It can’t be left to chance or we will get Natural Law taking over. For anyone wondering this is not about Gordon Strachan and the National Team Manager. This is about being brave and having someone tell the current administration that it is time to go. There are loads of good ‘football people’ at the SFA but alas I can’t see anyone with the balls to stand up and make the massive changes that are required.

It also can’t be left to the grassroots clubs like ours as we will do our best but we aren’t producing players on 3 hours of practice and a game per week. It needs 20 hours of practice plus 4 games per week. This will build character. How many boys do I see on our new 3G facility before school starts. A big, fat zero. If we had the right culture it would be full and fighting each other off.

My plea here is to learn from Cycling and what they have done to build participation and build an elite pathway. It can be done but only if you get the right people in place. By definition, we don’t have them now so get the right man at the helm and give him the freedom to put the structure in place. The structure and network of coaches then need to start the fire!

If all else fails, ask Dave Brailsford how to do it.

Cycling Lessons

Winning Stoically


In recent years I have developed a real interest in Stoicism. Although I wouldn’t yet consider myself a Stoic, I have enjoyed learning some of the underlying principles that make up this philosophy of life. There have been many Stoics over the years but probably the most well known are Seneca and Marcus Aurelius, the Roman Emperor. I would recommend ‘Letters from a Stoic’ by Seneca or ‘Meditations’ by Marcus Aurelius. If any of these whet your appetite then Ryan Holiday has written two great books called ‘The Obstacle Is the Way’ and Ego Is The Enemy’ Both of these will give a modern feel to Stoicism. I will guarantee you that Stoicism is not what you think it is and can be translated into a modern philosophy of life.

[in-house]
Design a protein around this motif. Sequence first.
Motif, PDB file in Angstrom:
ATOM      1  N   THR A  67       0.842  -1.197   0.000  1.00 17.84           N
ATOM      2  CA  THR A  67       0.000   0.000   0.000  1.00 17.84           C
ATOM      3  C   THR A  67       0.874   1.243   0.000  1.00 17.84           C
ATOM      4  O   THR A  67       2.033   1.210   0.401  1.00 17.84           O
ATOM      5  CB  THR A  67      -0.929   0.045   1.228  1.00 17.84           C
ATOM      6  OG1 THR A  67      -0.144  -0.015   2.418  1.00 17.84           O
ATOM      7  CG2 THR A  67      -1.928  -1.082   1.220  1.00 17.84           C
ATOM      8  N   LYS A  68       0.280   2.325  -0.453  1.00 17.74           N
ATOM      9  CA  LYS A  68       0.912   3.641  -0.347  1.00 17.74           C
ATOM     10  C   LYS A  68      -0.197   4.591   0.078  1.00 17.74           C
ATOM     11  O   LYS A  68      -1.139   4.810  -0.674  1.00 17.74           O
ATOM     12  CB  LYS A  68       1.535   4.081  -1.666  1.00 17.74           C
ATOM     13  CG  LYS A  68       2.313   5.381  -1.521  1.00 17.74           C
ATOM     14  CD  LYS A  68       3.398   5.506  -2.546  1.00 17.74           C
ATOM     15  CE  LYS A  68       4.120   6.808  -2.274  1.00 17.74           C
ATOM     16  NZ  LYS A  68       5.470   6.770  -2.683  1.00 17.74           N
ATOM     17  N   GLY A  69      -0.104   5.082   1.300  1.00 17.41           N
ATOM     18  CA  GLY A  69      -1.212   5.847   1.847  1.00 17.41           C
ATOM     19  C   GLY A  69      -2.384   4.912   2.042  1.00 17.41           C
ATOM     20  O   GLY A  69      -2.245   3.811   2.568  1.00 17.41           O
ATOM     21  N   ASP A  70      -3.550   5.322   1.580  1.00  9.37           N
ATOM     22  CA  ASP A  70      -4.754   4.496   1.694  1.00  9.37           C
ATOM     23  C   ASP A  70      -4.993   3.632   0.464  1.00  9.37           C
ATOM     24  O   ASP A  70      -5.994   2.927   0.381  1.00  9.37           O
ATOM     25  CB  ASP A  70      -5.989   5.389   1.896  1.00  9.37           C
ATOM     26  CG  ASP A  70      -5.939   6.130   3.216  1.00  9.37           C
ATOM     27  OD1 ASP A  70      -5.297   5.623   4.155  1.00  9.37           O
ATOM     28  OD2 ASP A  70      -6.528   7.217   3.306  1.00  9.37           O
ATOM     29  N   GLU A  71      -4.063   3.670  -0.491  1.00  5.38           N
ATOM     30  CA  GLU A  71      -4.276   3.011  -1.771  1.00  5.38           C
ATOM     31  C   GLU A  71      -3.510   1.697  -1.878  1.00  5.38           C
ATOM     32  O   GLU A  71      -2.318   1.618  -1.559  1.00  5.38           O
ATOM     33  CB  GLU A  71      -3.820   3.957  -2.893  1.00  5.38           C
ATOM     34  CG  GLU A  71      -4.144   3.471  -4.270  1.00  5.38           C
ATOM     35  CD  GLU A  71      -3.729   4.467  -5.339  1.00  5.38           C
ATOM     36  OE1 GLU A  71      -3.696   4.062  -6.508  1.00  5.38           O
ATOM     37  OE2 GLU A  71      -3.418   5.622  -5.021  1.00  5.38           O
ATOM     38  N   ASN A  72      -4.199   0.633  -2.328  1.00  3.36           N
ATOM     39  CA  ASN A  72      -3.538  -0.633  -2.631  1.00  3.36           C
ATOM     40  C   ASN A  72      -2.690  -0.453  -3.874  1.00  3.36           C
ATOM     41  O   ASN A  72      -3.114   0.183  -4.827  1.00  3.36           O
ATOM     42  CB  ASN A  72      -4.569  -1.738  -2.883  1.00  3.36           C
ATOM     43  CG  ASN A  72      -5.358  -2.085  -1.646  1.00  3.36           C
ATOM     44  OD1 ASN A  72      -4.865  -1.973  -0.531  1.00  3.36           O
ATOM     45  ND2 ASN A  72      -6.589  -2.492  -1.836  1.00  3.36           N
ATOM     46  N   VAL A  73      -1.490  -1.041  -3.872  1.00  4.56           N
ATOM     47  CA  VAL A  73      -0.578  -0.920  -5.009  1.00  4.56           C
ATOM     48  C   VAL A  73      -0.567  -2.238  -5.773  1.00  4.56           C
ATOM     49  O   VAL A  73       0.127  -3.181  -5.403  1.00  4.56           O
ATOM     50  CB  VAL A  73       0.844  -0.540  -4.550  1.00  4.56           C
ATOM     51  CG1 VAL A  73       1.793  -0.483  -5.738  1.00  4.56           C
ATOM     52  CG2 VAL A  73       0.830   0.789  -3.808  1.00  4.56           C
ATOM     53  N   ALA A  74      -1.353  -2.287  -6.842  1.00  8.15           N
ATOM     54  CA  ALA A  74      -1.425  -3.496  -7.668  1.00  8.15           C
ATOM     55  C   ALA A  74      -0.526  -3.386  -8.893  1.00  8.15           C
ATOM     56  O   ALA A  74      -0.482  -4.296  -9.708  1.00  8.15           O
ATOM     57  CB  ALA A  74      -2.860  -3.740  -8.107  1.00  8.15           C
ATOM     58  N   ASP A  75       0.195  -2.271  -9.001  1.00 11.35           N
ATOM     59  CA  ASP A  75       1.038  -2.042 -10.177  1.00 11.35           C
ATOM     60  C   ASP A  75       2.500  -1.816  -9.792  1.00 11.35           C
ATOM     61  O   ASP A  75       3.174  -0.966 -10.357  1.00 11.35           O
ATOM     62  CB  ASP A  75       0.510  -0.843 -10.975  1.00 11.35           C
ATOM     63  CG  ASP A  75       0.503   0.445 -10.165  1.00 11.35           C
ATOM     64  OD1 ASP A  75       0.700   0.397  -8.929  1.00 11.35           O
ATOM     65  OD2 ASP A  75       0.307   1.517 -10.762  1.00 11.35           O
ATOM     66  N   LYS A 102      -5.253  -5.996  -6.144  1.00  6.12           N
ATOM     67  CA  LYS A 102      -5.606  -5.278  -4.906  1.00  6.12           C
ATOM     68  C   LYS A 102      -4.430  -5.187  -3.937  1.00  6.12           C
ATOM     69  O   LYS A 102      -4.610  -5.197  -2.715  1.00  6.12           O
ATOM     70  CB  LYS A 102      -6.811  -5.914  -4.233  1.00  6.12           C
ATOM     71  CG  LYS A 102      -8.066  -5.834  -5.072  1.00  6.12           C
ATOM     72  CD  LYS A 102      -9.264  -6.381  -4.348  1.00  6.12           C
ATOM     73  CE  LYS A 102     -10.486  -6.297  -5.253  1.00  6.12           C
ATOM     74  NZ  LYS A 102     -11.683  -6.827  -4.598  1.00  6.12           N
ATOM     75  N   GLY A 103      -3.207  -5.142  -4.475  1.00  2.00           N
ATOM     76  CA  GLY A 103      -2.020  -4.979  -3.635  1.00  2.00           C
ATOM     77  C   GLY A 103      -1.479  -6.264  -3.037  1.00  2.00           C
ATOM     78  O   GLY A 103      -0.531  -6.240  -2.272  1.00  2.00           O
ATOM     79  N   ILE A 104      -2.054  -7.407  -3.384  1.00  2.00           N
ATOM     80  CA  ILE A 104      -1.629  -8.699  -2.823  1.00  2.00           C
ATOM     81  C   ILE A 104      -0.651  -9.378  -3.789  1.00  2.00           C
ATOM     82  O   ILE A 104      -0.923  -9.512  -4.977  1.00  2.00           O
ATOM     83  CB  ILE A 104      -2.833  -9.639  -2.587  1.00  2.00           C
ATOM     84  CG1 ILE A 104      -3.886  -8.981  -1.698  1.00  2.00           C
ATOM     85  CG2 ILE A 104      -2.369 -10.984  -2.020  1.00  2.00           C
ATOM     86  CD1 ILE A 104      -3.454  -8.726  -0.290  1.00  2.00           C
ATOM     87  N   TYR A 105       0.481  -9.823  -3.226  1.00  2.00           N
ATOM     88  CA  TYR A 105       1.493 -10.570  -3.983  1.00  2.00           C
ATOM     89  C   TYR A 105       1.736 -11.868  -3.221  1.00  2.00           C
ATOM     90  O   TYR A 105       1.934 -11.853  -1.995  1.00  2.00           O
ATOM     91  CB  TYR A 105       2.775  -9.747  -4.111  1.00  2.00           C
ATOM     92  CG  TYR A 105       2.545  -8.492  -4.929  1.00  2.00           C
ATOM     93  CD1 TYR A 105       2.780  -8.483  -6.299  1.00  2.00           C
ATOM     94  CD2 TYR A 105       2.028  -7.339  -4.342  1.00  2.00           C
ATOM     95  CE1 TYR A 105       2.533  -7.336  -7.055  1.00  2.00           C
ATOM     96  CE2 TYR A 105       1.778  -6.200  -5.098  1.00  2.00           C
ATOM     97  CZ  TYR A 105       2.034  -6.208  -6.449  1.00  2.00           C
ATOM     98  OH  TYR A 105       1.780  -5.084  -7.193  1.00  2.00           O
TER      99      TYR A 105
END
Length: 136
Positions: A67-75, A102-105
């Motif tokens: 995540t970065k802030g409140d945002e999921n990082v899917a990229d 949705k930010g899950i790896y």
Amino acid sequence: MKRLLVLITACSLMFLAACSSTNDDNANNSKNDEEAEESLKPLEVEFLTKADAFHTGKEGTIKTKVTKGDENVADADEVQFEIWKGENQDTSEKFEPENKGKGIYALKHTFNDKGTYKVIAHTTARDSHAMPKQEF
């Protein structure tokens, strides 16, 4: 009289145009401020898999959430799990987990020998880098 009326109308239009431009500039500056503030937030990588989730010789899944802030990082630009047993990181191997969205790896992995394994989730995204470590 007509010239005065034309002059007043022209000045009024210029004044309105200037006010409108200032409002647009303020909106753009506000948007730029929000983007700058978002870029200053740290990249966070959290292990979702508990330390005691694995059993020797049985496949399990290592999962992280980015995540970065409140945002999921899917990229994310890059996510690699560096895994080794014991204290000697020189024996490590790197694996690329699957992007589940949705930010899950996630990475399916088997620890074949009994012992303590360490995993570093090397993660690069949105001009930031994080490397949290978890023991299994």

Many of us don’t have a real philosophy for life as we jump from one issue to the next. We deal with what is in front of us. Many people think a good life is having a good job. This allows us to buy ever more stuff to impress people in our belief that this creates a meaningful life. But ask yourself how long the happiness lasts, that we create when buying the latest gadget before we crave the next shiny thing? This is a process of hedonic adaptation which I may well pick up on future blogs.

You are probably now thinking that he’s gone mad and what has this to do with grassroots football?  Well. if we could learn a few Stoic principles and put them into practice then we might actually move away from chasing the next shiny thing and build on what we already have. The Stoics chose ‘to want what they already have’ in order to make them fully appreciate what they had.

The Stoics broke everything into 3 areas:

1.Where you have total control

2 Where you have some but not total control

3.Where you have no control

There is no point bothering about areas where you have no control ie the weather; the pitch; the referee; your height; the position you are asked to play or what the opposition will do and how they choose to play.